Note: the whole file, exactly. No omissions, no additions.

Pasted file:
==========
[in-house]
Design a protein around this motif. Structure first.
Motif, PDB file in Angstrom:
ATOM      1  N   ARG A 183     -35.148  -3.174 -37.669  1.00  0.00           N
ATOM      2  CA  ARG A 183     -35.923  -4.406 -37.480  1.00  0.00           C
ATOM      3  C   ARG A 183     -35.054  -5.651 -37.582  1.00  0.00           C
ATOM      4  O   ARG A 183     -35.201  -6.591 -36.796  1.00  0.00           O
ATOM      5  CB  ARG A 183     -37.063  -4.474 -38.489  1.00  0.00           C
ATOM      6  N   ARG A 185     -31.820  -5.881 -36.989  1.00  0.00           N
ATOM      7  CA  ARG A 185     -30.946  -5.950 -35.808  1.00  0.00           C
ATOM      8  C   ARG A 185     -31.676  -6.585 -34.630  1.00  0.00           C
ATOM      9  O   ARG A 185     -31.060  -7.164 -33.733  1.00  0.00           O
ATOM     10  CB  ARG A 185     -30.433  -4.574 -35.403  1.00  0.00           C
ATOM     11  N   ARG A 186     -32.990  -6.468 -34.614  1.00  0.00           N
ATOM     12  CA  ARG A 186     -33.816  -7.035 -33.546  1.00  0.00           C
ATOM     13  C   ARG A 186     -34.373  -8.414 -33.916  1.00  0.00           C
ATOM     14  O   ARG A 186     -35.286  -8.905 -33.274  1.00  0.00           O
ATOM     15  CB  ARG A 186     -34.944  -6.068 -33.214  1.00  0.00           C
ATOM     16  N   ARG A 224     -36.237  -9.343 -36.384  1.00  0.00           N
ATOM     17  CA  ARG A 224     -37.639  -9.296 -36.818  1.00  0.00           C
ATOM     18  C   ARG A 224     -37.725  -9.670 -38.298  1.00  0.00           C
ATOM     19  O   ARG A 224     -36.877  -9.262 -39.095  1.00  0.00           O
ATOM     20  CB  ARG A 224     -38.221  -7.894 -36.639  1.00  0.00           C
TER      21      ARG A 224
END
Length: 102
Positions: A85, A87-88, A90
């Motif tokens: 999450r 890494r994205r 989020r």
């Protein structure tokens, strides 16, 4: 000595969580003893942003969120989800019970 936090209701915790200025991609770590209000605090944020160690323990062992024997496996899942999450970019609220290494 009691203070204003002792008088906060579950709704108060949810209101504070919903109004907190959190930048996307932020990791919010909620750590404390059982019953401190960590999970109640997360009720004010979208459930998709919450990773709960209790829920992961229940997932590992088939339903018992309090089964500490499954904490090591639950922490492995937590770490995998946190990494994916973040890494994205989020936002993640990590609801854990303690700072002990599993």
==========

[in-house]
Design a protein around this motif. Structure first.
Motif, PDB file in Angstrom:
ATOM      1  N   ARG A 183     -35.148  -3.174 -37.669  1.00  0.00           N
ATOM      2  CA  ARG A 183     -35.923  -4.406 -37.480  1.00  0.00           C
ATOM      3  C   ARG A 183     -35.054  -5.651 -37.582  1.00  0.00           C
ATOM      4  O   ARG A 183     -35.201  -6.591 -36.796  1.00  0.00           O
ATOM      5  CB  ARG A 183     -37.063  -4.474 -38.489  1.00  0.00           C
ATOM      6  N   ARG A 185     -31.820  -5.881 -36.989  1.00  0.00           N
ATOM      7  CA  ARG A 185     -30.946  -5.950 -35.808  1.00  0.00           C
ATOM      8  C   ARG A 185     -31.676  -6.585 -34.630  1.00  0.00           C
ATOM      9  O   ARG A 185     -31.060  -7.164 -33.733  1.00  0.00           O
ATOM     10  CB  ARG A 185     -30.433  -4.574 -35.403  1.00  0.00           C
ATOM     11  N   ARG A 186     -32.990  -6.468 -34.614  1.00  0.00           N
ATOM     12  CA  ARG A 186     -33.816  -7.035 -33.546  1.00  0.00           C
ATOM     13  C   ARG A 186     -34.373  -8.414 -33.916  1.00  0.00           C
ATOM     14  O   ARG A 186     -35.286  -8.905 -33.274  1.00  0.00           O
ATOM     15  CB  ARG A 186     -34.944  -6.068 -33.214  1.00  0.00           C
ATOM     16  N   ARG A 224     -36.237  -9.343 -36.384  1.00  0.00           N
ATOM     17  CA  ARG A 224     -37.639  -9.296 -36.818  1.00  0.00           C
ATOM     18  C   ARG A 224     -37.725  -9.670 -38.298  1.00  0.00           C
ATOM     19  O   ARG A 224     -36.877  -9.262 -39.095  1.00  0.00           O
ATOM     20  CB  ARG A 224     -38.221  -7.894 -36.639  1.00  0.00           C
TER      21      ARG A 224
END
Length: 102
Positions: A85, A87-88, A90
């Motif tokens: 999450r 890494r994205r 989020r």
């Protein structure tokens, strides 16, 4: 000595969580003893942003969120989800019970 936090209701915790200025991609770590209000605090944020160690323990062992024997496996899942999450970019609220290494 009691203070204003002792008088906060579950709704108060949810209101504070919903109004907190959190930048996307932020990791919010909620750590404390059982019953401190960590999970109640997360009720004010979208459930998709919450990773709960209790829920992961229940997932590992088939339903018992309090089964500490499954904490090591639950922490492995937590770490995998946190990494994916973040890494994205989020936002993640990590609801854990303690700072002990599993």